Strategic planning, a management technique long ago rejected by for profit businesses, thrives in the charity industry mostly because funders insist on it. And the exercise has drifted from both strategy and planning to emphasize consensus-building instead.
A blog posting by the excellent Nonprofiteer offered advice to charities and nonprofits on how to expedite the production of a strategic plan to satisfy funder requirements. She offered a seven-step solution that a board could see through with just three (long) meetings.
What struck me about the solution was how little actual strategic thinking or even planning was involved. The process seemed to heavily favor brainstorming sessions, with small groups airing issues that are then evaluated and sifted to generate a final report that picks out the single most important task relating to each of three or four main issues facing the organization, then lists goals and objectives for the next one to three years.
The emphasis on reaching a consensus is so central that Nonprofiteer suggested that the organization pay up to $10,000 to find an outside facilitator—not someone knowledgeable about social services or arts management, or finance or marketing, just someone to manage the process.
It wasn't always this way. Strategic planning was the business management buzzword of the 1960s, championed by Fortune 500 companies like General Electric. But corporations had rejected strategic planning by the 1990s. The Rise and Fall of Strategic Planning (1994), written by Henry Mintzberg, a former president of the Strategic Management Society, exposed its weaknesses as it had been practiced in corporations: it was too formal, it relied on forecasting tools that couldn't deal with unexpected changes, it encouraged politics, and it made companies less adaptable.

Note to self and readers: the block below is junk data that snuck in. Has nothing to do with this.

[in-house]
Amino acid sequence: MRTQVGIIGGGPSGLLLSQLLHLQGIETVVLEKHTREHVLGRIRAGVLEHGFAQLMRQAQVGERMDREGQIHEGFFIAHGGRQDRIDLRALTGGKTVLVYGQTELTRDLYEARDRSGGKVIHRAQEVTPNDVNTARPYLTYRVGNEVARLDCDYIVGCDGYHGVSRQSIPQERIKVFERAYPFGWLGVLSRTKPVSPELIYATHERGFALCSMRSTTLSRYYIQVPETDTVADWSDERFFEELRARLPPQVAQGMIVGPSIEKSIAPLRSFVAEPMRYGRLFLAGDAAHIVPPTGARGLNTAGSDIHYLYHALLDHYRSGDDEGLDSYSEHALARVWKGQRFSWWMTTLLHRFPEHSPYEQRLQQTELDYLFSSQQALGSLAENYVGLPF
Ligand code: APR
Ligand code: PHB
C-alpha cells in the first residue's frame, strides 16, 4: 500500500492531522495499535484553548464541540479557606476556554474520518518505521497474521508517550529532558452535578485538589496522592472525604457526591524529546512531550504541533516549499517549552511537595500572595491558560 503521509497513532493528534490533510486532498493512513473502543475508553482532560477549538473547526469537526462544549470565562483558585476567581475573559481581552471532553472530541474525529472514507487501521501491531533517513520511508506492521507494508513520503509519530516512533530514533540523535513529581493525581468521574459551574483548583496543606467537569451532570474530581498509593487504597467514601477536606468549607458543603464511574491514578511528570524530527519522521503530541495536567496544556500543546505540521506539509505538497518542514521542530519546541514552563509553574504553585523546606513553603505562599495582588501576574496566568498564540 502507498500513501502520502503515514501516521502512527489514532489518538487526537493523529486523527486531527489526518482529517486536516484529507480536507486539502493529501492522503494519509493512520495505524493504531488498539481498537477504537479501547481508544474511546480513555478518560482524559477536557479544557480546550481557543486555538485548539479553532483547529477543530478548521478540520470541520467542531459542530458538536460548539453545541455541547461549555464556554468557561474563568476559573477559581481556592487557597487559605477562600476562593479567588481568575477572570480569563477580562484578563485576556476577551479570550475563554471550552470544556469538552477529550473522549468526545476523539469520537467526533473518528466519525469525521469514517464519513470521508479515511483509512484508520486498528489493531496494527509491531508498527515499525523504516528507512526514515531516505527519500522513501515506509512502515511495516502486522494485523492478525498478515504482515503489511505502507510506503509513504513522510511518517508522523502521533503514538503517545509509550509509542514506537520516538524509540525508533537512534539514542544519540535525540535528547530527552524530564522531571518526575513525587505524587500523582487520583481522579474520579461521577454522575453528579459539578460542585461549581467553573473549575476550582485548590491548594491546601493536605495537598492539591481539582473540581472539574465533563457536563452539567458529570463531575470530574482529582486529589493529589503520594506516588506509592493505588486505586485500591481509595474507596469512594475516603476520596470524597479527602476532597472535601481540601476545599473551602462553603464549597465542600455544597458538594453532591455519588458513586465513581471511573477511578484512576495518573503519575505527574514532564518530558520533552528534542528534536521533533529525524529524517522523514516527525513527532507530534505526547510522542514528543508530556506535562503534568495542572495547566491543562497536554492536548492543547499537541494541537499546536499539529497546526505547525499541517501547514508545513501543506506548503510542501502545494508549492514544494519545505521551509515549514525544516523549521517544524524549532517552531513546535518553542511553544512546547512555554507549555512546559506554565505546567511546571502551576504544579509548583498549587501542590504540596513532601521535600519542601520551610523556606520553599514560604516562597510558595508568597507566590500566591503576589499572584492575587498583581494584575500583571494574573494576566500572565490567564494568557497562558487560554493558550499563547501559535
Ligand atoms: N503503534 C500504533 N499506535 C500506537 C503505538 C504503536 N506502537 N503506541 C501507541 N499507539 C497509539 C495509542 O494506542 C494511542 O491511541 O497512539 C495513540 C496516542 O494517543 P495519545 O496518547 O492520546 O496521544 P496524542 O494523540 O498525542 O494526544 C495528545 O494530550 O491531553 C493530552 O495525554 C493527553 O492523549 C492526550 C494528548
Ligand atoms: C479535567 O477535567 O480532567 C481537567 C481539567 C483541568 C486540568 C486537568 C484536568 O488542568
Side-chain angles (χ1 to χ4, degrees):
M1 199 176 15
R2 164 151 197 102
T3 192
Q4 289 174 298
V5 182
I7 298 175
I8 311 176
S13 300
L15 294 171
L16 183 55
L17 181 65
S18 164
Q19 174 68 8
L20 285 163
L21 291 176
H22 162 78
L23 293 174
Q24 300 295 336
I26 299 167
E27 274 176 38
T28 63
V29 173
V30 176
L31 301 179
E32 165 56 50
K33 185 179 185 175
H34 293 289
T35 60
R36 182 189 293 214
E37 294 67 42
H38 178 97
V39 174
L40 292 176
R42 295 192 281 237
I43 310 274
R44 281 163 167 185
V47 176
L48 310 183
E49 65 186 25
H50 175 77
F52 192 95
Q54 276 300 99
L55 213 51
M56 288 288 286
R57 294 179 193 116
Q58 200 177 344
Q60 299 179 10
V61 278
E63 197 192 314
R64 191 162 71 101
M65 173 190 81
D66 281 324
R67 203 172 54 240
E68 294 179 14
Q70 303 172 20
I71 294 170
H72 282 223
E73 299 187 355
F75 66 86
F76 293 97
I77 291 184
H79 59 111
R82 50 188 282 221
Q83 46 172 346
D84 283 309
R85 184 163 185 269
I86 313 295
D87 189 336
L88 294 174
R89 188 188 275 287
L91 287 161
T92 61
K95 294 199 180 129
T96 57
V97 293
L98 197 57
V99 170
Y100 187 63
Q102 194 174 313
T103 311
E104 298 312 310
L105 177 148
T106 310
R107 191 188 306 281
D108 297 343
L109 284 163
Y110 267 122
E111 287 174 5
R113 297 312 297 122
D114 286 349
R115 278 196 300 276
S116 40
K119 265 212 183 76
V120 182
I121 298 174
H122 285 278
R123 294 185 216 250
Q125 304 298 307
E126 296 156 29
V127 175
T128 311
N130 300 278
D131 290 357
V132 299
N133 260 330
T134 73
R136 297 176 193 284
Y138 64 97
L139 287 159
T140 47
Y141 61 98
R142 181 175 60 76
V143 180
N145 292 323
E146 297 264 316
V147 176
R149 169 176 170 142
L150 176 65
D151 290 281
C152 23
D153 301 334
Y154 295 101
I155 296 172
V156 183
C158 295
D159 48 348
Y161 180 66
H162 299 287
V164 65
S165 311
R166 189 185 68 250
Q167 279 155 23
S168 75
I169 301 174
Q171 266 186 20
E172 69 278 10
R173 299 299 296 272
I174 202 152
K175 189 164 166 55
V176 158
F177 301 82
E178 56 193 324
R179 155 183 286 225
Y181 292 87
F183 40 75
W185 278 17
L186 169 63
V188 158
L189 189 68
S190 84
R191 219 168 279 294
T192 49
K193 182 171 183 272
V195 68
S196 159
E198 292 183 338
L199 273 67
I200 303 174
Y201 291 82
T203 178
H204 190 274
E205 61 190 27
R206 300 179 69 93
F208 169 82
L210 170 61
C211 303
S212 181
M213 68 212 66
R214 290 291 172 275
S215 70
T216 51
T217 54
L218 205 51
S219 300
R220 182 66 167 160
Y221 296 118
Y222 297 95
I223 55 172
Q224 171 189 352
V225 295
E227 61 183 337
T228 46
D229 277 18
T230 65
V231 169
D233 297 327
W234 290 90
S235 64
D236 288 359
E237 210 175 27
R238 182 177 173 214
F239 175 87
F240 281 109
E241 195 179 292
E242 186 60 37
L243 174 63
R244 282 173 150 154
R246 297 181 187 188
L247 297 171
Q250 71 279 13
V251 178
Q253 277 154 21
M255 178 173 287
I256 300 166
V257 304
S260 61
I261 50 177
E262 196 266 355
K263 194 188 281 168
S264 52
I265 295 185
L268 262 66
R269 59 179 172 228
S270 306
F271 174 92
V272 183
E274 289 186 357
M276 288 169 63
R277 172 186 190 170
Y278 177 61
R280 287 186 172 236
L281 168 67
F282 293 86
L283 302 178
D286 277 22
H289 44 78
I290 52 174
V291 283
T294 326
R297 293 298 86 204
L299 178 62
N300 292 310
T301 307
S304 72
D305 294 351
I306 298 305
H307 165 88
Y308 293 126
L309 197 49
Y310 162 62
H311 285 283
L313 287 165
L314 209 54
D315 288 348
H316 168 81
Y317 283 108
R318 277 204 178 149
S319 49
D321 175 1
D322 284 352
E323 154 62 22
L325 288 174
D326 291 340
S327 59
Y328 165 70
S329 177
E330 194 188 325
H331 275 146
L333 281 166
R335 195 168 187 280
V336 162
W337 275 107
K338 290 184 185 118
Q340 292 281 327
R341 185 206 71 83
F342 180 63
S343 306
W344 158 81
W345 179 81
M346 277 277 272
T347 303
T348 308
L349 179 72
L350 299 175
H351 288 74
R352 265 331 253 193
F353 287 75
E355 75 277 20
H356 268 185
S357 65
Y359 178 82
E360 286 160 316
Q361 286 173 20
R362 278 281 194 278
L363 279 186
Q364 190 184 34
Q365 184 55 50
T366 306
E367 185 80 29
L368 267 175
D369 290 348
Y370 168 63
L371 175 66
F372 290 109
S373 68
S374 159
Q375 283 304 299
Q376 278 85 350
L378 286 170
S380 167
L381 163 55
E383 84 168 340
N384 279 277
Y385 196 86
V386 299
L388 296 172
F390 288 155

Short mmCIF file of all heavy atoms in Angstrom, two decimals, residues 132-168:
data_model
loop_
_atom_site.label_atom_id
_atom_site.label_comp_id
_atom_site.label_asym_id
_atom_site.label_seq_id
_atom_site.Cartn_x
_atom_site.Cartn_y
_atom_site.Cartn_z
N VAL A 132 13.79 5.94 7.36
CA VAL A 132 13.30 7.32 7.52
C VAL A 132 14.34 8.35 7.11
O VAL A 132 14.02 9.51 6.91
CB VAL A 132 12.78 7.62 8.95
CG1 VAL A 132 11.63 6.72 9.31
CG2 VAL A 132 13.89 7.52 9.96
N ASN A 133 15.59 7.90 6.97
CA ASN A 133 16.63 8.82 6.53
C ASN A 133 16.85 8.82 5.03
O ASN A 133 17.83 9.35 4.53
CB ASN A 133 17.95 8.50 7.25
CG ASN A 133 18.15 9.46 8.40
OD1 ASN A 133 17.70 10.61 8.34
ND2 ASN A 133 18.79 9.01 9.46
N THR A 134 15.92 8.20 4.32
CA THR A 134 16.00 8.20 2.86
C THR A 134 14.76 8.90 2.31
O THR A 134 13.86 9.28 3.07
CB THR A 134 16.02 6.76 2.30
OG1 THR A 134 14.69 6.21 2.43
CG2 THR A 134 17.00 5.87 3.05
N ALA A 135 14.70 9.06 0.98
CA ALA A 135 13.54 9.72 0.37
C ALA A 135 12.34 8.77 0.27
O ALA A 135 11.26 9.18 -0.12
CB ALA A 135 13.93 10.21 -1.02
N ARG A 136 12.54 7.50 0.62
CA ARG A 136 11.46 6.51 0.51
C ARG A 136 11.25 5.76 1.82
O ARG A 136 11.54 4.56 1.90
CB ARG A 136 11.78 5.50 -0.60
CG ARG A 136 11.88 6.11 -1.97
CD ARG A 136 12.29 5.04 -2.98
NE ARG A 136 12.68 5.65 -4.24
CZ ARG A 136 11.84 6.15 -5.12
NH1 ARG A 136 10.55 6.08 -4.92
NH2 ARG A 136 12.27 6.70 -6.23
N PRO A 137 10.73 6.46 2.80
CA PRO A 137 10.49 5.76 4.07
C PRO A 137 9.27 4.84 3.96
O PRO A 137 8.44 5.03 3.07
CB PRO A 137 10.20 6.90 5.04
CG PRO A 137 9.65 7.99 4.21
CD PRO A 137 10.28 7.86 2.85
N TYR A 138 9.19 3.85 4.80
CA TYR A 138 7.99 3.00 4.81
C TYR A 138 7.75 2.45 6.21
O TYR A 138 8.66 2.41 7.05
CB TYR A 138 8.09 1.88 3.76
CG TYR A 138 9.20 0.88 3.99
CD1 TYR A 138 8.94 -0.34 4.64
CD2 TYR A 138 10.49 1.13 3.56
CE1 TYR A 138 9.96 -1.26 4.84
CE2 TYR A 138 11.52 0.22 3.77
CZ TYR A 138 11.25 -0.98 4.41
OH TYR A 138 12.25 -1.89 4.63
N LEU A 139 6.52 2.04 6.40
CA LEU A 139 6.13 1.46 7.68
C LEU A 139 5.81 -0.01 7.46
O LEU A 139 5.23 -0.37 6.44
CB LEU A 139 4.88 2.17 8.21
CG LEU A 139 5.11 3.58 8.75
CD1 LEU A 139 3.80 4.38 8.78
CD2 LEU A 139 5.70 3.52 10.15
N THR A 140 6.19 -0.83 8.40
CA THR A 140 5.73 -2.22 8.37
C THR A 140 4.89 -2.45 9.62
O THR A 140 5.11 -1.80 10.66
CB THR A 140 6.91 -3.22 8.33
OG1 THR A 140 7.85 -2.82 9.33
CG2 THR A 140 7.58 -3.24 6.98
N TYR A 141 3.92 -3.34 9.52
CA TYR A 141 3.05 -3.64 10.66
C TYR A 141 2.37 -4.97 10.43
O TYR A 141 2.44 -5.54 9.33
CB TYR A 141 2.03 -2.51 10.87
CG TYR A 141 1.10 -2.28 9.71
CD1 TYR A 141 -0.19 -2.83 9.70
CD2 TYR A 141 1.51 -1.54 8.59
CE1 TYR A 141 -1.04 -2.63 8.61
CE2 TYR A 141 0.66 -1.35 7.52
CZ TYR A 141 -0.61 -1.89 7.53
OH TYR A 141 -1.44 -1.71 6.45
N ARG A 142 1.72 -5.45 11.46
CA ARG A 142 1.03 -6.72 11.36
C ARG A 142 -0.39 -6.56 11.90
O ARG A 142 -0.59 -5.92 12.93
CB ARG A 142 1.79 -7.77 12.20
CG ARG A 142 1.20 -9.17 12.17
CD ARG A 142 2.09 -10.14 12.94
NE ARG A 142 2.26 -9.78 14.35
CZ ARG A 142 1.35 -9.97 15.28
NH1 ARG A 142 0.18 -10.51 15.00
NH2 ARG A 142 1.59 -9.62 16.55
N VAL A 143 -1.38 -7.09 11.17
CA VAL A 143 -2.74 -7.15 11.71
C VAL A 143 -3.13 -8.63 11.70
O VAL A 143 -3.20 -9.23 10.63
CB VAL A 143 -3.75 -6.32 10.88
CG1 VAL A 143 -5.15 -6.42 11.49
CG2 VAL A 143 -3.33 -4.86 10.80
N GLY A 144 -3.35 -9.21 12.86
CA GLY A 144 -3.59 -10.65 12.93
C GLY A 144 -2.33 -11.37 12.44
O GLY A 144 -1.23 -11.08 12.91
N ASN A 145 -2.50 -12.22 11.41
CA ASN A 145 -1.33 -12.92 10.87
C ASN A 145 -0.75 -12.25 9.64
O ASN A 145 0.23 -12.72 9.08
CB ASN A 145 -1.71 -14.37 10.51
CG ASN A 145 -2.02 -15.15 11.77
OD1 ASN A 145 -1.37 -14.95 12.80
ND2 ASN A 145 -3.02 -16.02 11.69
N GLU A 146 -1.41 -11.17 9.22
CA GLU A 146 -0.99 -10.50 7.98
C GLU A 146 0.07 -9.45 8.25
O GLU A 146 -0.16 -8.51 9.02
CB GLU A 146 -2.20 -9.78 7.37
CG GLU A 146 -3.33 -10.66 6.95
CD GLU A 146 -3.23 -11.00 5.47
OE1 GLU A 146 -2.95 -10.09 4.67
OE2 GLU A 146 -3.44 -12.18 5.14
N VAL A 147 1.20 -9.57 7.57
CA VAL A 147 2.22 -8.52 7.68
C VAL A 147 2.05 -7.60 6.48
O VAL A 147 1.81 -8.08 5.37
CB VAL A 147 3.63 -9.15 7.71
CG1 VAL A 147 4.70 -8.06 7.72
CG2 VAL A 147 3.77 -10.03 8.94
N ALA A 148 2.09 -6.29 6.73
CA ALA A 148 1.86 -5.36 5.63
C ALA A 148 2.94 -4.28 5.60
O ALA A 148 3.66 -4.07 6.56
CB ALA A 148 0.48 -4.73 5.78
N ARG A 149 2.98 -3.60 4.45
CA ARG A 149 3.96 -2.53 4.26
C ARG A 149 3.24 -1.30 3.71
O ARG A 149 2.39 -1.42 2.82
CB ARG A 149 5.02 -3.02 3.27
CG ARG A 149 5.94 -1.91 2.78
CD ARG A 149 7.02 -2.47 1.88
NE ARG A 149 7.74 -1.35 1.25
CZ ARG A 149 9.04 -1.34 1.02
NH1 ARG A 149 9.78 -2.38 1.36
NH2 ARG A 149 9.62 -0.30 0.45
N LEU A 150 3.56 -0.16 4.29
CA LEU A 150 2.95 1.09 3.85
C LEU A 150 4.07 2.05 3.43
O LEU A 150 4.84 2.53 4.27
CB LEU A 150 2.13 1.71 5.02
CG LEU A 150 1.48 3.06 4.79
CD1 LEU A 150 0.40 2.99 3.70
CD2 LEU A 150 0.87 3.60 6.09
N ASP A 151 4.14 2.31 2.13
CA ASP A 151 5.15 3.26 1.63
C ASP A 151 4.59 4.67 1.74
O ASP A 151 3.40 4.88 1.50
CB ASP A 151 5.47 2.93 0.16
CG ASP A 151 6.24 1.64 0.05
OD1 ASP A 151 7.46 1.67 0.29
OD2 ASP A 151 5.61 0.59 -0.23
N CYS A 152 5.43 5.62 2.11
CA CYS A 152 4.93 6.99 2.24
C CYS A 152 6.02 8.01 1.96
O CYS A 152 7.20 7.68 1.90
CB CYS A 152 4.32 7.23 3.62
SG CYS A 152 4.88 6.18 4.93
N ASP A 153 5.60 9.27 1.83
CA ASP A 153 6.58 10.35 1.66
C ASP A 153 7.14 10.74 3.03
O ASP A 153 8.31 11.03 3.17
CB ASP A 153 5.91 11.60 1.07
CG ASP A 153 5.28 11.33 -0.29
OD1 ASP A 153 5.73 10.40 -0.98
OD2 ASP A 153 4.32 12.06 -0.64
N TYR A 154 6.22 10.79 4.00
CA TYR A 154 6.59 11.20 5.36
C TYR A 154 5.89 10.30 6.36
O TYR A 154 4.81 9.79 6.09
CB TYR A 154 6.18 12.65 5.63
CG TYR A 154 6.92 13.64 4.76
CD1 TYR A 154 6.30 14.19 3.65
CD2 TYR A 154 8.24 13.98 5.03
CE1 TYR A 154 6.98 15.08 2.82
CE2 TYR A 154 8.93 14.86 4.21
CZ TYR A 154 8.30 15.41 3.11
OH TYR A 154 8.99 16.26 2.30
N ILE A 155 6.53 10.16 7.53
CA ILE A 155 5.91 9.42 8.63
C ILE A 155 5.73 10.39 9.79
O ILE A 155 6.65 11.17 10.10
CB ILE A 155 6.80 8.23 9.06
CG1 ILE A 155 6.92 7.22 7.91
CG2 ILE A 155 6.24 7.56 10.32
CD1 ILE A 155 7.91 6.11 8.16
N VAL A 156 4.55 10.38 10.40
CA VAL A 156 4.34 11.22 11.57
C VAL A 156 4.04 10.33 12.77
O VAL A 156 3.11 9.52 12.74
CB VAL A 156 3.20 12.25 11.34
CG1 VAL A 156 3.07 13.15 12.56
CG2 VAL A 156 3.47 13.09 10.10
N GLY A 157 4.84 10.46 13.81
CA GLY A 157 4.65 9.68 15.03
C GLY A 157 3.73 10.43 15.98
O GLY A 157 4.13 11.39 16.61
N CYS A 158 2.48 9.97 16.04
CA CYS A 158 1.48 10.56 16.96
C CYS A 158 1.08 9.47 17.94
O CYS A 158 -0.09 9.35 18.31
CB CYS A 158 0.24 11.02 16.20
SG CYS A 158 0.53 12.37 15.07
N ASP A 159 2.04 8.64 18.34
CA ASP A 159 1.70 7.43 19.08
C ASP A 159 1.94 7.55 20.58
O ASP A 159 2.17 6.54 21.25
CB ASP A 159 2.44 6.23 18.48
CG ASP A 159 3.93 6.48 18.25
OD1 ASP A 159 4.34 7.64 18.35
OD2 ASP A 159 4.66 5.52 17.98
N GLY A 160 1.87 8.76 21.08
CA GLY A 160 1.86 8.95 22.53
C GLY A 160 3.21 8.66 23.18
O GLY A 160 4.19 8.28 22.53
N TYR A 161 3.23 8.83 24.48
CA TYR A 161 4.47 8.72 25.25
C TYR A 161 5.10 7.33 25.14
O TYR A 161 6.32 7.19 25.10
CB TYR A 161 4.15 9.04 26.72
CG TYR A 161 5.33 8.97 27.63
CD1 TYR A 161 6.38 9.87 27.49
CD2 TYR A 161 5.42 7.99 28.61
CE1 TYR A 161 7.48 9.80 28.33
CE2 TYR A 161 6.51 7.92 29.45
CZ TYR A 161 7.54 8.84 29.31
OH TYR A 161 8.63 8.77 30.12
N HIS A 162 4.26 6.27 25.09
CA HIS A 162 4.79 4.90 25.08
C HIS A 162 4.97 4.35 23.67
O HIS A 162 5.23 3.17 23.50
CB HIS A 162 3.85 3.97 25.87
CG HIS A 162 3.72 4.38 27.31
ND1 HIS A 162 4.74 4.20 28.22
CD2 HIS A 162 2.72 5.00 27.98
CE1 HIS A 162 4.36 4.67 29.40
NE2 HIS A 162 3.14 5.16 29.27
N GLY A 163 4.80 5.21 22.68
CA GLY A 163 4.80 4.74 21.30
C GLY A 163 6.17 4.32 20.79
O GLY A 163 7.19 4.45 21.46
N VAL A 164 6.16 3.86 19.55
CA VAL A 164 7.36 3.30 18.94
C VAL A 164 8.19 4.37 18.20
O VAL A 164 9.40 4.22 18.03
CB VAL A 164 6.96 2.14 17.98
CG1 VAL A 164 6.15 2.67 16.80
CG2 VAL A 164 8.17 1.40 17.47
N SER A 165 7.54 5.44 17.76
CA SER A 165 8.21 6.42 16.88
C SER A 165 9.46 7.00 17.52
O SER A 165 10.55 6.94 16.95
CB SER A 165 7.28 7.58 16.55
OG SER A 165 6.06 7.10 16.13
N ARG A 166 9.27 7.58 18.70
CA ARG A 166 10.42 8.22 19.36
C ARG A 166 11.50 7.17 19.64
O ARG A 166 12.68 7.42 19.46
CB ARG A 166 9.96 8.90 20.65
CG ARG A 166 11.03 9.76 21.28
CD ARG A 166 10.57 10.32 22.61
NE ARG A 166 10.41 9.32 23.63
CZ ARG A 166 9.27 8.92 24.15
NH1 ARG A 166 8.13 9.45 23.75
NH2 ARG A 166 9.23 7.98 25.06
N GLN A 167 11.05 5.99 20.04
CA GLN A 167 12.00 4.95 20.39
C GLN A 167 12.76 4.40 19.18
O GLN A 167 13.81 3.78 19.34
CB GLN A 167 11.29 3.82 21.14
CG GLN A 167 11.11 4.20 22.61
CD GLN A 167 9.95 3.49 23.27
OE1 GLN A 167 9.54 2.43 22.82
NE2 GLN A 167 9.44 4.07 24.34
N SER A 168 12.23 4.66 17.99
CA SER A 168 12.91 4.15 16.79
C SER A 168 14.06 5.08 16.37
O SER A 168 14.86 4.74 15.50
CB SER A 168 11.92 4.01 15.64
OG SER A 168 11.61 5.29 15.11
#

In a Harvard Business Review article based on the book, Mr. Mintzberg noted that most strategic plans were actually program plans: filling in the operational details of strategies that already exist. It seems to me that this is the process that carried over into the charity industry. What Nonprofiteer describes is a process for program planning, not strategic planning.
Yet there is a desperate need for genuine strategic planning in the charity industry today. The stagnation of funding in the social services sector and the retiring of vast numbers of baby-boomer charity chiefs are two issues that radically change the environment in which charities operate. The future will be quite different from the past, so what is needed is leadership that is able to operate through synthesis rather than analysis.
The organizations that will survive will be the handful that are creative and lucky enough to see a path through the difficult decade to come. My own view is that the primary means of strategic survival for most small scale organizations will be through alignment with a larger scale organization in a way that preserves some autonomy and responsiveness to the local community. But this is not a result that will be achieved by consensus—it will require leadership.